Is it really that important to stay in ‘the flow’?
You know when you’re in it. Everything seems easy and effortless. You have plenty of time, all the information and resources you need appear at your fingertips and the perfect people just materialize into your life at the perfect moment. Life is magical, meaningful and full of perfectness.
Then you get dumped by the wave and land in the place of no-flow. This is where things get tricky and you find yourself desperately trying to pull yourself back into it.
“Do you know what gets you in the flow and what moves you out of it?” a friend asked me over dinner tonight.
I love having friends that ask questions like this. She wanted to know because she had really enjoyed being in a recent period of flow but hating the experience of coming out of it and things returning to normal.
I know how she feels. Riding the high of flow and being unceremoniously dumped back to earth can feel rather unsettling.
Flow is a wonderful thing. When we’re in it everything seems possible. It is the feeling of being in love, the experience of everyday magic and synchronicity and the effortless wonder at how perfect everything is.
You know you’re in flow because time seems to stop and you find yourself completely immersed in the joy of what you’re doing, whether it be writing a Blog or washing the dishes.
When I’m in flow my fingers write for me. My brain doesn’t really even seem like it’s involved and inspiration just pours through. But when the flow suddenly disappears and we find ourselves feeling stuck, being overwhelmed by negative emotions or frustrated by a lack of progress, then things don’t appear so rosy and magical.
I have started taking note of the things that affect my flow so that I can be in it more of the time. Yoga, dance, writing and healthy eating are some of the most potent things I can do to stay in the flow. But doing these things is not always possible and sometimes the flow looks very different. Today for instance it involved physical inactivity, pizza and a very unhealthy breakfast of fried bananas.
I’d had a bad night’s sleep, woke tired and irritated and the rest of the day was clunky and unproductive. But just when I’d given up on really achieving anything for the day, my body started feeling better and I bumped into the friend that posed the flow question and inspired this article.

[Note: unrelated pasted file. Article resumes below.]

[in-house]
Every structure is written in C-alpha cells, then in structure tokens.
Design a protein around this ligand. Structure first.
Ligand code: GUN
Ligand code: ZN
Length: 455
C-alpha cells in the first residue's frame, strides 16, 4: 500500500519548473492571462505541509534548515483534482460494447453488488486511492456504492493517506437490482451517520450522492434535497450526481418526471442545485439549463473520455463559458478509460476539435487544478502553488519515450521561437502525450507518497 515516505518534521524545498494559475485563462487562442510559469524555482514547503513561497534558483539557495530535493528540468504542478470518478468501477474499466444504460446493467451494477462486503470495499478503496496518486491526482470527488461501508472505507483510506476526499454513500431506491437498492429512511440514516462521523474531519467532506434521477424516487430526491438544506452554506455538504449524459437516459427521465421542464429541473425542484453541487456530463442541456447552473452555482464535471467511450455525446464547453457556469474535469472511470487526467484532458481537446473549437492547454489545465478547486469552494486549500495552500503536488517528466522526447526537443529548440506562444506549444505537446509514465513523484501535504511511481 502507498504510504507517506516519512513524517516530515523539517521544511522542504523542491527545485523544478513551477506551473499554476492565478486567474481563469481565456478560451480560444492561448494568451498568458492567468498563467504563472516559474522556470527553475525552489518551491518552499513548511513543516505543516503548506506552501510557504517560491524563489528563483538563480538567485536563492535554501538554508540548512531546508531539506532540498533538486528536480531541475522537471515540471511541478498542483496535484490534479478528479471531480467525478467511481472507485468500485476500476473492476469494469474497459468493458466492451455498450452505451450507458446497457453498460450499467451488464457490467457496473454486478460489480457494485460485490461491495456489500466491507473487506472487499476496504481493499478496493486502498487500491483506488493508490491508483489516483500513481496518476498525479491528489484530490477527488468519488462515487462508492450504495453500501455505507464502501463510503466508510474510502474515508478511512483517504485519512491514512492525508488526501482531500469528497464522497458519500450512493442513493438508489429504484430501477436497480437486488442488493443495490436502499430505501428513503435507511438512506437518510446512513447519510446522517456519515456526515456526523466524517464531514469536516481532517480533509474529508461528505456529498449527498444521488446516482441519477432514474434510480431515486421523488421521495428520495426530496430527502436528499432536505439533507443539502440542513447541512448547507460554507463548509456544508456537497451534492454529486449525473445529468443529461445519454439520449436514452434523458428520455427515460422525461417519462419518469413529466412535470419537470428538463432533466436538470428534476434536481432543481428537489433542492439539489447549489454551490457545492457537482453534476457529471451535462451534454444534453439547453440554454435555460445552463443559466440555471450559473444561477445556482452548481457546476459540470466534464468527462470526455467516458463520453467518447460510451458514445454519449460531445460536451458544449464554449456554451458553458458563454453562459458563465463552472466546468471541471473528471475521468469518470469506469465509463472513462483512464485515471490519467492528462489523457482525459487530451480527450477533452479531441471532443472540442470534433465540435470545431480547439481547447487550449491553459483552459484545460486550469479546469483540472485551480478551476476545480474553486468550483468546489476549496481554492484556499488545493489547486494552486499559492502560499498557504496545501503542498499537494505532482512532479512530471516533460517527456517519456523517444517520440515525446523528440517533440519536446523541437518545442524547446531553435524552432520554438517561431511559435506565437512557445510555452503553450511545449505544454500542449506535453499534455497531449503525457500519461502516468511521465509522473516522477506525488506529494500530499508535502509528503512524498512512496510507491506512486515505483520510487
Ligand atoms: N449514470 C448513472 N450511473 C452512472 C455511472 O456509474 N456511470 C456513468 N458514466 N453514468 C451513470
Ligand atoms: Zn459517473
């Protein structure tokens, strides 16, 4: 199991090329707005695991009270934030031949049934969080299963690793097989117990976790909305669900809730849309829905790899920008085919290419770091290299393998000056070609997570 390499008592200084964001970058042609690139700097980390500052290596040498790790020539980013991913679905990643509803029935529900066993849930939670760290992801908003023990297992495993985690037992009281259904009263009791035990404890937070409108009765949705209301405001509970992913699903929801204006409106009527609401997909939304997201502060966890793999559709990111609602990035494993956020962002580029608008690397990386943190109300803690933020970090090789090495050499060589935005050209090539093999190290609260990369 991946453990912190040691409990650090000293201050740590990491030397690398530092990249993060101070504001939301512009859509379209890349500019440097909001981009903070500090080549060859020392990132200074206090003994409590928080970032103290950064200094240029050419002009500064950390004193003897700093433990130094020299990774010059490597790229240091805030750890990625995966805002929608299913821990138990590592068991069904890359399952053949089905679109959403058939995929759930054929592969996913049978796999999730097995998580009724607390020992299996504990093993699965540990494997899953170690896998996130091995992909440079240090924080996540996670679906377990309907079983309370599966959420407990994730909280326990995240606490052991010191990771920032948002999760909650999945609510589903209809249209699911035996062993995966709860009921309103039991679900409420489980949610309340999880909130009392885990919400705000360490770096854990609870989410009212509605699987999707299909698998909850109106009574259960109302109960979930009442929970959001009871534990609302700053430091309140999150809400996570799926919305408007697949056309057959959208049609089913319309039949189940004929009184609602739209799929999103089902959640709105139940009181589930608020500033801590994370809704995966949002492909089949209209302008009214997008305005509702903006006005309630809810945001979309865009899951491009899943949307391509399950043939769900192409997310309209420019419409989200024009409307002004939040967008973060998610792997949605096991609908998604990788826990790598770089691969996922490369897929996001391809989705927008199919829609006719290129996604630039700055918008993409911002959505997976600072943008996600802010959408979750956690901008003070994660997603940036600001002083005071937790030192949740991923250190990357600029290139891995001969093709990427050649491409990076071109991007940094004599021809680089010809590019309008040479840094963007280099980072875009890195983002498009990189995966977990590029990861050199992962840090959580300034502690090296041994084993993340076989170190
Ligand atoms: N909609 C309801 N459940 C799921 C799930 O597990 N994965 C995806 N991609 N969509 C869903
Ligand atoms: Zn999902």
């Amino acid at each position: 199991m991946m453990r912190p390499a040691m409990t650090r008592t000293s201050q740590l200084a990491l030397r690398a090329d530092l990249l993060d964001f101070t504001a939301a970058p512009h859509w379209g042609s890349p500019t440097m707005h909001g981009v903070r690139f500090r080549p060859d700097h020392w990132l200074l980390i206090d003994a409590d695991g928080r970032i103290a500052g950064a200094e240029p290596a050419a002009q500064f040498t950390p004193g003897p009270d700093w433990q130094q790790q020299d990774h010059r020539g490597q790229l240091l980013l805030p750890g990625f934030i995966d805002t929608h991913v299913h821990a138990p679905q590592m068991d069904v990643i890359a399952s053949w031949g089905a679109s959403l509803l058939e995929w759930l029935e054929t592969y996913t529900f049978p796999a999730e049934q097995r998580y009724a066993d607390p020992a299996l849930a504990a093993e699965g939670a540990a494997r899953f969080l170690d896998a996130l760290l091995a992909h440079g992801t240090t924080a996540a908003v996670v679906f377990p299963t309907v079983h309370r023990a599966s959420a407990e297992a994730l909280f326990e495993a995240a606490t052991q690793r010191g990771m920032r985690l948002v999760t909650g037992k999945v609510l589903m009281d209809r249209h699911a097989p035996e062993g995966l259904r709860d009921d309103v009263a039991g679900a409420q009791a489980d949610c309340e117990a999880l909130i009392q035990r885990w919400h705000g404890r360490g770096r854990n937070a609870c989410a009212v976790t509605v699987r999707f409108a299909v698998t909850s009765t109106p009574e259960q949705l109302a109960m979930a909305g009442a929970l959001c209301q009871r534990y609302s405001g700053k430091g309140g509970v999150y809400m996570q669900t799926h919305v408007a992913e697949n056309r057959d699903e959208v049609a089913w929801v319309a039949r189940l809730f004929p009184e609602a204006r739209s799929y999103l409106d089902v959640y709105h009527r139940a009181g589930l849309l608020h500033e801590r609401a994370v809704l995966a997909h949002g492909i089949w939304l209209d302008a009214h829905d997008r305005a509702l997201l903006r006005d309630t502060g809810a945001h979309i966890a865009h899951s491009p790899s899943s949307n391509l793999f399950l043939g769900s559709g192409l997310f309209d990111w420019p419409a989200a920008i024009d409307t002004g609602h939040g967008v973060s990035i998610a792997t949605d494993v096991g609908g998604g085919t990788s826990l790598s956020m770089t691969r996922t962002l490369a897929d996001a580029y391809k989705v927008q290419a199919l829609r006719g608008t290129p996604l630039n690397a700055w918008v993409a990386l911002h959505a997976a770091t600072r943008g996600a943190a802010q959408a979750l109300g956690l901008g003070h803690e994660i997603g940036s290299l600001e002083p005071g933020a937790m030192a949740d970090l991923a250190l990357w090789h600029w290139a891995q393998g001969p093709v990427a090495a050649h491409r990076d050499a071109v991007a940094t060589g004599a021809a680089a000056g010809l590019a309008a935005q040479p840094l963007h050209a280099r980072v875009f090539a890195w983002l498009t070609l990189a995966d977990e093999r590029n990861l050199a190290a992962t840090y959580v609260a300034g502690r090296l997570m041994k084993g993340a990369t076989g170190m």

Sometimes the flow doesn’t always come in the form we want it to. Sometimes it doesn’t feel like flow at all, it’s so uncomfortable or painful.
I know the things that get me out of the flow. Overthinking, negative stories about myself, hanging out with people that facilitate my limiting beliefs about who I am, chasing things that don’t belong to me, not listening to my body, the list could go on.
But I’ve learnt something far more important than what gets me into and out of the flow. It’s how easy it is to become addicted to it. I’ve noticed that being ‘in the flow’ can feel so pleasurable and addictive that we might want to limit ourselves to what I called the ‘positive flow’, avoiding everything else to our own detriment. This is when we become flow junkies.
Sometimes the flow might be feeling sad, angry or disappointed. The aim of life is not always to be in a constant state of joy but to experience life in whatever state it comes to us.
The irony here is that if we let go of chasing bliss we just might find it – the authentic bliss of being, not the one of superficial pleasures.
Is it possible that sometimes you might actually in flow when you feel out of it?
When you come out a good flow period it can feel like a rude awakening but this is the flow we really ought to pay attention to. The bad feelings or uncomfortable situations often have a lot of gold to offer us.
I have found that doing the things that scare me the most and leaning into what I am resisting can prove to be the pathway to the best flow ever. It often teaches me where I need to place my focus and helps identify the limiting thought patterns that are keeping me trapped from living life to the full.
So next time when you’re feeling out of flow, instead of running towards that activity or thing that will bring you back into it, why not ask the question:
What is this no-flow trying to tell me and why am I tempted to run away from it?